Ch 4 Literacy Strategies for Improving Mathematics Instruction

I do these more for myself than anyone else, but here, I am quoting the most useful parts of this ASCD book (click links to read online for free). Basically, I'm editing out the boring. You're welcome.

I'm also just doing a couple of chapters at a time because it's kind of dry and I never know how much time I will have to read. So consider it a series if you like.

Joan M. Kenney
Chapter 4. Graphic Representations in the Mathematics Classroom

The following aspects of mathematical language are particularly confusing to students:
  • Technical symbols such as ∑, ≤ , or Δ. These signs, also known as logograms, stand for whole words but have no sound-symbol relationship for students to decode.
  • Technical vocabulary- words such as rhombus, hypotenuse, and integer, which are rarely used in everyday conversation.
  • The assignment of special definitions to familiar words such as similar and prime.
  • Subtle morphology (one hundred, hundreds-place, hundredths) and the use of "little words" (prepositions, pronouns, articles, and conjunctions) in a technical syntax so precise that meaning is often obscured rather than clarified.  

Scenario #1: Measuring Cups Activity
*A teacher models drawing a one cup and one-fourth cup four times to quadruple a recipe. When asked how many cups are needed, students responded 'eight' because there were literally eight cups in the drawing. They counted the one-fourth cup the same as the one cup.
  • In what other ways might the students have attempted to model the problem if the teacher hadn't offered the initial suggestion? Let students try first, then offer suggestions?
  • How might using actual three-dimensional models (i.e., a set of nested measuring cups) before using two-dimensional representations alter the transfer of learning? Always teach from concrete to abstract? 
Scenario #2: A Round Pizza in a Square Whole
*When solving a problem dealing with rectangular pieces of pizza, William drew the problem with a circle pizza. To him, fractional parts had to be round.
  • How can the teacher help [William] move beyond a single conceptual image and experiment with new metaphors and visual models?
  • When are models useful, and when do they get in the way of new learning?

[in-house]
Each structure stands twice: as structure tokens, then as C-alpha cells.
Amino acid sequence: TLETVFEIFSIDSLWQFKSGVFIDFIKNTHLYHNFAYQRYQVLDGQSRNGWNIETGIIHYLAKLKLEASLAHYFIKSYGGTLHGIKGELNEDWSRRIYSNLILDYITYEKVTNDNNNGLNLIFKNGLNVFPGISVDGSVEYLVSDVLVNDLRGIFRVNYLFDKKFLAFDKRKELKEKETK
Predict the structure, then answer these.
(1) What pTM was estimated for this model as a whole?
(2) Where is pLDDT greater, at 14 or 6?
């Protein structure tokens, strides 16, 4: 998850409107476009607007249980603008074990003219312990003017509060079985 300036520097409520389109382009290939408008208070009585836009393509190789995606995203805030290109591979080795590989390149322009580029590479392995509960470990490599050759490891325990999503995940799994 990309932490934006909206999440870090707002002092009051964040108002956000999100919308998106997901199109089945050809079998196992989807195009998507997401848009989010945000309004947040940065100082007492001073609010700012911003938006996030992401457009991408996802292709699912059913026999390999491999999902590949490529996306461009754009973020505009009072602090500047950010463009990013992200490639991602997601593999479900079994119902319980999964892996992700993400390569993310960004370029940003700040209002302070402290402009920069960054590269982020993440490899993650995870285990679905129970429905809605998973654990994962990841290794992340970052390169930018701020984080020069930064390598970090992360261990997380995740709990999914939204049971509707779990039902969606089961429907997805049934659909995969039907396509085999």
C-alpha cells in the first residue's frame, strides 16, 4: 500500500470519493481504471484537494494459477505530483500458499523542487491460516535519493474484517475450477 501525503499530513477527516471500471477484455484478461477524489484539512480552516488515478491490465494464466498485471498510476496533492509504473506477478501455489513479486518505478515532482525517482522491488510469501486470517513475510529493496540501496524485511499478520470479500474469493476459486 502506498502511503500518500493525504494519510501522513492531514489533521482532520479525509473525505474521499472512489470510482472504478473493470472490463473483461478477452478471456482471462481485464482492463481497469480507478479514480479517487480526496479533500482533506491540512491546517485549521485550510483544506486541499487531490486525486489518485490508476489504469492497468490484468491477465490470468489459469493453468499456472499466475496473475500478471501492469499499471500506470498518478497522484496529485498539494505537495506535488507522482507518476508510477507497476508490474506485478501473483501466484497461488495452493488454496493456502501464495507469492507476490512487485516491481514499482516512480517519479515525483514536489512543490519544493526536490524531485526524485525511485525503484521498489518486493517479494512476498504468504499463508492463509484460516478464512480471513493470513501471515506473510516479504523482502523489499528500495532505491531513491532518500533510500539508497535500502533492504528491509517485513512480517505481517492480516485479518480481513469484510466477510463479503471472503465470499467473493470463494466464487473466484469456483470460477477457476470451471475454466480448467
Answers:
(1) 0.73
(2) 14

Scenario #3: An Uphill Struggle (Slow on a Slippery Slope)
*When discussing slope from points on a graph and connecting points to create intervals, a student took the graph literally, thinking the the intervals were literally hills and valleys.
  • For how long, and to what depth, should a teacher continue to probe in order to get to the logical and intuitive root of confusion?

Scenario #4: Breaking Even
*Students looking for the break even interval on a graph of monthly profits picked the flat interval because they were thinking break even literally meant to find the interval that is even.

Note that the phrase breaking even is not a formal mathematical term but rather a conversational idiom with mathematical implications. Pimm (1987) calls these types of phrases locutions- "certain whole expressions whose meanings cannot necessarily be understood merely by knowing the means of the individual words, that is, the expressions function as semantic units on their own" (p.88).
  • How can teachers become more aware of the mathematical locutions embedded in their classroom conversations? Pre-teach all mathematical terms, especially if they are also used in a nonmathematical context? Think literally.

Scenario #6: The Wordsmiths
*Students related exponential decay to exponential growth but couldn't figure out the precise terminology: "undoubling, doubling down, divided in half, taking half of it, dividing by two, halving".
  • Would this particular mathematical conversation have occurred if the students didn't have a graphic "prop"?
  • How did the visual representation act as a catalyst for student discourse?
  • How might conversations about a graphic display encourage students to put their mathematical perceptions into writing?
  • Now that a conversation had begun on the topic of exponential decay, how might the teacher build on the richly descriptive terms that the students created to press for more precise mathematical terminology?

Scenario #7 Where's the Fourth Fourth?
*Benjamin folded a paper strip into fourths and wrote on each of the folds 1/4, 2/4, and 3/4. When asked what his strip created, he said thirds. He was judging each strip based on the last numerator instead of the denominator. When asked about his strip that was folded in half, he wanted to say halves but according to his system, it would be one whole, based on the one in the numerator of one-half.
  • What distinction was Benjamin making between the terms thirds, three folds, and dividing in to three parts?
  • How might students conceptualize fourths differently, depending on whether they are asked to label the strip's segments (1/4, 2/4, 3/4, 4/4) or its folds (1/4, 2/4, 3/4)?